Ferrari Driver Academy member Charles Leclerc discovered Formula One is a “big step up” from Formula Two in his first race weekend, as he made his debut at the Australian Grand Prix for Sauber, but said he found one aspect of grand prix racing which is not as challenging. The young Monégasque driver, who is the reigning F2 champion, described his maiden event as “probably one of the most challenging weekends overall” in his racing career:
“In the junior formulas, OK, you step up, you have more power and more downforce. This I managed to get to speed [with] quite quickly. But to be honest in Formula One there are so many other things that are new, so many people around and especially so many buttons, it’s crazy. And this helps also when you know what you can do with these buttons, it’s so powerful. The potential of improvement on that is huge and this will come with experience.” – Charles Leclerc said as reported by the Italian media.
The 20-year-old driver confirmed that he was “satisfied” with his first qualfying effort but has room to improve, including compared to his team mate Marcus Ericsson: “The gap is not truly representative because I did a mistake. But at the end it happens, he probably had some things to improve also so it’s just the way it is at the moment. I will try to put everything together next time. [Qualifying] was one of my strong points last year in Formula Two. But Formula One is a big step up. And as I said also not being helped with the conditions, I didn’t manage to put everything together.” – he added.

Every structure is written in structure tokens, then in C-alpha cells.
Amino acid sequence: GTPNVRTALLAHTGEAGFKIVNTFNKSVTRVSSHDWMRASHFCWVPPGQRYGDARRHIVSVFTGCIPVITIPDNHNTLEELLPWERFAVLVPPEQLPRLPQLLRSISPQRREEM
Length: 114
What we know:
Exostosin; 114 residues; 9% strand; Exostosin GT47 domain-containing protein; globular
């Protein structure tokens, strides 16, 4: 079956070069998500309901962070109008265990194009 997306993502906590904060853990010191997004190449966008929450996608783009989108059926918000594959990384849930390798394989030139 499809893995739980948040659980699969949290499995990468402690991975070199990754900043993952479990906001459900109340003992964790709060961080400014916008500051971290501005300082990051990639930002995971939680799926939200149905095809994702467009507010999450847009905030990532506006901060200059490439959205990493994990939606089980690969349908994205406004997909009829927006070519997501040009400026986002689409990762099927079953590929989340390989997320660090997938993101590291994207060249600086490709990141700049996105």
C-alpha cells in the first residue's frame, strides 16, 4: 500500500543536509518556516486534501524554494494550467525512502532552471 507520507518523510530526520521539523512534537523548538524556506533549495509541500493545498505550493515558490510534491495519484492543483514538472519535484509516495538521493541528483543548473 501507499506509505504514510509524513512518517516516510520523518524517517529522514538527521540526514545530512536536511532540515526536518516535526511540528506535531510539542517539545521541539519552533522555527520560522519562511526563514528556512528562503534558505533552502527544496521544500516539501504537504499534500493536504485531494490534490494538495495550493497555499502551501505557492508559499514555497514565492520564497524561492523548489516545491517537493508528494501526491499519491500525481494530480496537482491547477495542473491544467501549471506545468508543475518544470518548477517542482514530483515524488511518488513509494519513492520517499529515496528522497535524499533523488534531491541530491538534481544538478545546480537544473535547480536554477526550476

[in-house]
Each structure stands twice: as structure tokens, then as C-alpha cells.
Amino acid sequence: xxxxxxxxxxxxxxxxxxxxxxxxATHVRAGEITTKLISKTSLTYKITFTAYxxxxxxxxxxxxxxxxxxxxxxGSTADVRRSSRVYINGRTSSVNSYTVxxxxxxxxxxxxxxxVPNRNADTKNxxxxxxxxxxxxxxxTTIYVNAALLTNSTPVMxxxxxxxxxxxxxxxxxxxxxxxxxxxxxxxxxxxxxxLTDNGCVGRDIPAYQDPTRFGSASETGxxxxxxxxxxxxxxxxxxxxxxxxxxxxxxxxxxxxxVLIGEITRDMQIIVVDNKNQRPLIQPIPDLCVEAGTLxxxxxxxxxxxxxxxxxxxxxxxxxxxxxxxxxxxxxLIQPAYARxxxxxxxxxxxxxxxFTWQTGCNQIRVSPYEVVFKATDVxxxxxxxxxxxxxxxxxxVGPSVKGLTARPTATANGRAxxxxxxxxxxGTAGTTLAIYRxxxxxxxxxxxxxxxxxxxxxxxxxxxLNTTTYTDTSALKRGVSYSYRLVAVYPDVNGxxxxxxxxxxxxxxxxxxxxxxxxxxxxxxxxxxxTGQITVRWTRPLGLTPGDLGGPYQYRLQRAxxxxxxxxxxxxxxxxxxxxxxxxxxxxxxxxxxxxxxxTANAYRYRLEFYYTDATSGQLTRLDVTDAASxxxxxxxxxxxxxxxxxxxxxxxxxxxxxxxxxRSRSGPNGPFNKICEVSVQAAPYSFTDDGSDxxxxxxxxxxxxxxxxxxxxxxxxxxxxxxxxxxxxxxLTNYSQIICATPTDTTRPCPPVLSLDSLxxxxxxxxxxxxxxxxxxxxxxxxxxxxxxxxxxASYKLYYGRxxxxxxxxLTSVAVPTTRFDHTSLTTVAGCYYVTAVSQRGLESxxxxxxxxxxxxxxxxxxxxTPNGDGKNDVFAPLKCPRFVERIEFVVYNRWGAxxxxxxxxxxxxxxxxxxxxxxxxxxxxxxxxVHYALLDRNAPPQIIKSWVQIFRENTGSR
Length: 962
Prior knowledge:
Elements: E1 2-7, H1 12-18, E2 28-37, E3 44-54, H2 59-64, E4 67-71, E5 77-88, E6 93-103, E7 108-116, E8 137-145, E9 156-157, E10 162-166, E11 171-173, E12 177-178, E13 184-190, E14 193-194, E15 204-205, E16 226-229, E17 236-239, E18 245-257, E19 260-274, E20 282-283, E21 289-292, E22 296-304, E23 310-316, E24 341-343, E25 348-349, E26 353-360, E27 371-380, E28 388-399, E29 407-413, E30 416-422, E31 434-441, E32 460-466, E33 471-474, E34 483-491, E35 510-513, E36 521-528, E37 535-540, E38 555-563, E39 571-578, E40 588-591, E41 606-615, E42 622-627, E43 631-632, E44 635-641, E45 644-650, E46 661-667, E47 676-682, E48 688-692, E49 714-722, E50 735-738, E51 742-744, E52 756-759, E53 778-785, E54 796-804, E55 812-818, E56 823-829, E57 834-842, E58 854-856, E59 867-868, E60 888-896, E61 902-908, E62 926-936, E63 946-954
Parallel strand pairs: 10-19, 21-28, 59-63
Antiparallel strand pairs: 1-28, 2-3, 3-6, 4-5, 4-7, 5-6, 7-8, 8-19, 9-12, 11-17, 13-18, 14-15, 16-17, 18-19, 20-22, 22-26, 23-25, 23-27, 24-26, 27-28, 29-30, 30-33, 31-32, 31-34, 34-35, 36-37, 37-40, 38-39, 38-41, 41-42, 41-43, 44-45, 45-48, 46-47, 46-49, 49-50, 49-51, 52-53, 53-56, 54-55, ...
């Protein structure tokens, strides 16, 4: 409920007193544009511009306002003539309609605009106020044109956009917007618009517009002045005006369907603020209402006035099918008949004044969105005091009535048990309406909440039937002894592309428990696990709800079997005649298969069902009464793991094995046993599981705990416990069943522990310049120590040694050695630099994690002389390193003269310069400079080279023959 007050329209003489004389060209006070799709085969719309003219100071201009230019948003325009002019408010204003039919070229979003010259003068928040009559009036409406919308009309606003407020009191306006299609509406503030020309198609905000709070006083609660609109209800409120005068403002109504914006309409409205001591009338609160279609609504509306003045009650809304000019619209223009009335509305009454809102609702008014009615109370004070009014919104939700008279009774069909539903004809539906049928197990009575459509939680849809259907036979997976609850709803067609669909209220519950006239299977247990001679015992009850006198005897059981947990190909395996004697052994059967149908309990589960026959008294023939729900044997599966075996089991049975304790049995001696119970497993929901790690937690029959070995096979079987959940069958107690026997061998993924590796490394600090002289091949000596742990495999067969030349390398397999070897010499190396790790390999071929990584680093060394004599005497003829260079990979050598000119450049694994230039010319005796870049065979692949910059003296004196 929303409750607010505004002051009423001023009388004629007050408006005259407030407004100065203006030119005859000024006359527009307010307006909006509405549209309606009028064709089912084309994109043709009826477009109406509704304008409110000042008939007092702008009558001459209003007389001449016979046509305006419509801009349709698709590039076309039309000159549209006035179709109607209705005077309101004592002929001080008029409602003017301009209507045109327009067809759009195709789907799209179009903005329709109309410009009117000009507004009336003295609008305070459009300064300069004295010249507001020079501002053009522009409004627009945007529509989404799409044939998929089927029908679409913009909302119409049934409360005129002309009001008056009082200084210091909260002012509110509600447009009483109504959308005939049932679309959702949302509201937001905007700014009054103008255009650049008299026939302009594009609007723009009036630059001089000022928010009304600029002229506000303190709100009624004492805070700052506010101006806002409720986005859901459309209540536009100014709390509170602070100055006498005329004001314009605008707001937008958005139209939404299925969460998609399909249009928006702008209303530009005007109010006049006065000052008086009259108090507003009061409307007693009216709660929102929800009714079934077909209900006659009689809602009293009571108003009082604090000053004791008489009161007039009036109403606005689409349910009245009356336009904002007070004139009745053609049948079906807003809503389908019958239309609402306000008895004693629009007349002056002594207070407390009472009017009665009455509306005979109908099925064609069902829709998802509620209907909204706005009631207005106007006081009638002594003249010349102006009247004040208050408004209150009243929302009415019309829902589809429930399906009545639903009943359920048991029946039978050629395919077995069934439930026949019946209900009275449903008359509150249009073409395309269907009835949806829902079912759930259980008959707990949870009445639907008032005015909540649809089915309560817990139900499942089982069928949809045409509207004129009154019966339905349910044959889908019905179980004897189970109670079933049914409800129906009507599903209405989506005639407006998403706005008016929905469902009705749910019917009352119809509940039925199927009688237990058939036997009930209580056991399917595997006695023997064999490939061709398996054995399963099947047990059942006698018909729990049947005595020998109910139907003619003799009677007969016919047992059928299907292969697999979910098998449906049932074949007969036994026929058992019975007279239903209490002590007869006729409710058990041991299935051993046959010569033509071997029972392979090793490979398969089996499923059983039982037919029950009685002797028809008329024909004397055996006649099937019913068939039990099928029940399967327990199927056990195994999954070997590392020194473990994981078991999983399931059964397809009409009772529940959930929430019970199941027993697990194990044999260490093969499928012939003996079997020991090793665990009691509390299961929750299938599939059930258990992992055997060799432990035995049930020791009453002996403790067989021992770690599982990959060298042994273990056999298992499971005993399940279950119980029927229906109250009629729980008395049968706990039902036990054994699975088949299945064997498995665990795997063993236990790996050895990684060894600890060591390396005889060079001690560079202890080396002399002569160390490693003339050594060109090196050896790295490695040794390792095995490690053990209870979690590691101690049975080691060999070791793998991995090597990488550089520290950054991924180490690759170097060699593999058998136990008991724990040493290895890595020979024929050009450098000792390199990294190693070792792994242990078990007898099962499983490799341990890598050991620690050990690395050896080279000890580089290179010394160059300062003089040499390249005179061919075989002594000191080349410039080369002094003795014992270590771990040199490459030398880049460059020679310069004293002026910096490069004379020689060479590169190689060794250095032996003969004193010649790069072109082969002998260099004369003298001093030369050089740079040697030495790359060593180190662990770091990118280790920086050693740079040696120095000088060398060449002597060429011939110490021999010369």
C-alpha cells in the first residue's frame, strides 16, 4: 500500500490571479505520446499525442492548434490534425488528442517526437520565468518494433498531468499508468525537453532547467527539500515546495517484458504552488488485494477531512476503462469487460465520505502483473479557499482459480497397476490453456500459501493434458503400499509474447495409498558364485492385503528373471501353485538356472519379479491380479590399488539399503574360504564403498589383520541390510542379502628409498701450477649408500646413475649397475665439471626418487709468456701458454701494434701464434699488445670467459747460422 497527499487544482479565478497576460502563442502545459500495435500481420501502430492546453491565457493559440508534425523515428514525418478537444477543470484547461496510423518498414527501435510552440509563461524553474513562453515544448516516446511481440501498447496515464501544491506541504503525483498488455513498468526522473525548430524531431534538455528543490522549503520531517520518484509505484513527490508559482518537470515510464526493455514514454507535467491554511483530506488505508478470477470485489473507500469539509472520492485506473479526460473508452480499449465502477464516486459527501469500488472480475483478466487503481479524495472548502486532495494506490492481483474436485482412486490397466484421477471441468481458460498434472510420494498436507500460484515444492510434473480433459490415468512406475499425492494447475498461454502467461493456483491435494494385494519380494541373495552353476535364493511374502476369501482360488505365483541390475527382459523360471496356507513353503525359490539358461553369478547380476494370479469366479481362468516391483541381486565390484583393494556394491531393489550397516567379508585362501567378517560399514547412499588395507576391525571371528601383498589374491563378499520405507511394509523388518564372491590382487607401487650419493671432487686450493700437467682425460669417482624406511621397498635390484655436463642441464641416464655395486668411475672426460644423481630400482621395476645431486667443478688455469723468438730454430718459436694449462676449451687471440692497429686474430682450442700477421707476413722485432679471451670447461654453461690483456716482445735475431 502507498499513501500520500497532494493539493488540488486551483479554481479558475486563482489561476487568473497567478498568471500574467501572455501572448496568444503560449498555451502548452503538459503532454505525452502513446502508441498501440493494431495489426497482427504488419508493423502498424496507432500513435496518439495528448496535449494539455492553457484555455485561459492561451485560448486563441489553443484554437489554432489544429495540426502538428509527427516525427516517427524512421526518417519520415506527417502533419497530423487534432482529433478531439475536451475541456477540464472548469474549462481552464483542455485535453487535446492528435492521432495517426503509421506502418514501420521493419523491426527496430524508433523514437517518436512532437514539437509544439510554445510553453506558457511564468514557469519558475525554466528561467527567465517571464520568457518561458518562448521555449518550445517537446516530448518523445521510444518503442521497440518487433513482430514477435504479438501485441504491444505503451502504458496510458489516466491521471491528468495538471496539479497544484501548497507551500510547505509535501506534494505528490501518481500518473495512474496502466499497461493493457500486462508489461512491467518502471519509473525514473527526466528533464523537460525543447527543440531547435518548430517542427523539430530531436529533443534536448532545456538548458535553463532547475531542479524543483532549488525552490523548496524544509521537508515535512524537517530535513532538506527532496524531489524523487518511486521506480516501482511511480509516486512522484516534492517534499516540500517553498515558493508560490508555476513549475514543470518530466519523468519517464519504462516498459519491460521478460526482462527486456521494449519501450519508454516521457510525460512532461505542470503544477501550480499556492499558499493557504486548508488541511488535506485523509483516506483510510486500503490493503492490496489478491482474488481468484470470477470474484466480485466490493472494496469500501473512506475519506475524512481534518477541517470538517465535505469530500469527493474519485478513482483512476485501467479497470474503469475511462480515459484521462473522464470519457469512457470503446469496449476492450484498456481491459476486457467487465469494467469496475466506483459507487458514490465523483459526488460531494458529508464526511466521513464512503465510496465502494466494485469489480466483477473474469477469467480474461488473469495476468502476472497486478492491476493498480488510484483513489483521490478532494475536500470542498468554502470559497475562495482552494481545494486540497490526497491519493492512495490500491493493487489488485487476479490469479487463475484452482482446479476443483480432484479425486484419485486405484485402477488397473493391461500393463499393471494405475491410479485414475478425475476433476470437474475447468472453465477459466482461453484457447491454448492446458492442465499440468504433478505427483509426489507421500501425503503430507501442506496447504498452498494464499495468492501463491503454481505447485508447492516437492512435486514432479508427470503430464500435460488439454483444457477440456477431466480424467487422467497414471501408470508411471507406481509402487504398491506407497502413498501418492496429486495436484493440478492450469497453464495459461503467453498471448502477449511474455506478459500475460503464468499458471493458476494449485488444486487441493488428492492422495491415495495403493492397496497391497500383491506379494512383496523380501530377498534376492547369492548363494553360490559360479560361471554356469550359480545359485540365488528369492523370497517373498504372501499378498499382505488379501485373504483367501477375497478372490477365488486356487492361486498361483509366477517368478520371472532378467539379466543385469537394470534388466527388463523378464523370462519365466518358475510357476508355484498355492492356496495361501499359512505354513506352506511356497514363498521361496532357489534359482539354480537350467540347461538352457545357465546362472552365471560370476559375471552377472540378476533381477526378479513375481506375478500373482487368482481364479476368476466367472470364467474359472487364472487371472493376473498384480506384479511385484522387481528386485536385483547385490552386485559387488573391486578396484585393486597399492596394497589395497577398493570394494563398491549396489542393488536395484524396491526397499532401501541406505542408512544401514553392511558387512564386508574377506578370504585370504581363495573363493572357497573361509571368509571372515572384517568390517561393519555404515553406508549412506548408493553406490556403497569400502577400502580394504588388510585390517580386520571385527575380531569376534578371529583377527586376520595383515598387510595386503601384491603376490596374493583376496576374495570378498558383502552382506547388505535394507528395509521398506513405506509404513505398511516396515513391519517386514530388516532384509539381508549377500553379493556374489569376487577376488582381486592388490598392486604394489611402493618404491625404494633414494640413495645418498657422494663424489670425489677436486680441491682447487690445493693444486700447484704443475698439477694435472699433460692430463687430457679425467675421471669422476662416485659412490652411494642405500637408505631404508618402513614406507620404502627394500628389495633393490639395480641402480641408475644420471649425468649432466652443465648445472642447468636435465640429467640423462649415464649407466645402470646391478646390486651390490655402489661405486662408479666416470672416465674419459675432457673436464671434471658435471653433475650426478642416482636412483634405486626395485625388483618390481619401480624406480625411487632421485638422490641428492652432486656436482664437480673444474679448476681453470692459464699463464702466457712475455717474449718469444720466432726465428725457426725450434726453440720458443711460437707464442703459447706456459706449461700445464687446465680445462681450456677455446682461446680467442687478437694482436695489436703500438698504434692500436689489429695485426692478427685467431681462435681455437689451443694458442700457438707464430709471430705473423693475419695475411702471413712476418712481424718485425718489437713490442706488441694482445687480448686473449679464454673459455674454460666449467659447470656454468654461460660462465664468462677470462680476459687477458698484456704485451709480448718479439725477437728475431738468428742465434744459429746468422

Charles Leclerc has also noticed much greater demands on his time now he is an Formula One driver: “I think it’s also a question of just getting used to it because obviously in Formula Two you go out of quali and if it went well you sleep on the sofa and 10 minutes before the race you wake up and you go to the track. It’s a little bit more complex than that but just to sum it up quickly now the days are a lot more busy. But it’s part of the job.” – The Monégasque driver admitted that race starts are one of few areas which are easier to deal with now he’s in F1: “In Formula Two it’s actually probably a bit harder the start. You don’t have any help in Formula One but the systems are so developed that it’s a little bit easier to have a good start, and if you get a bad start you don’t lose as much as you do in Formula Two.” – he concluded.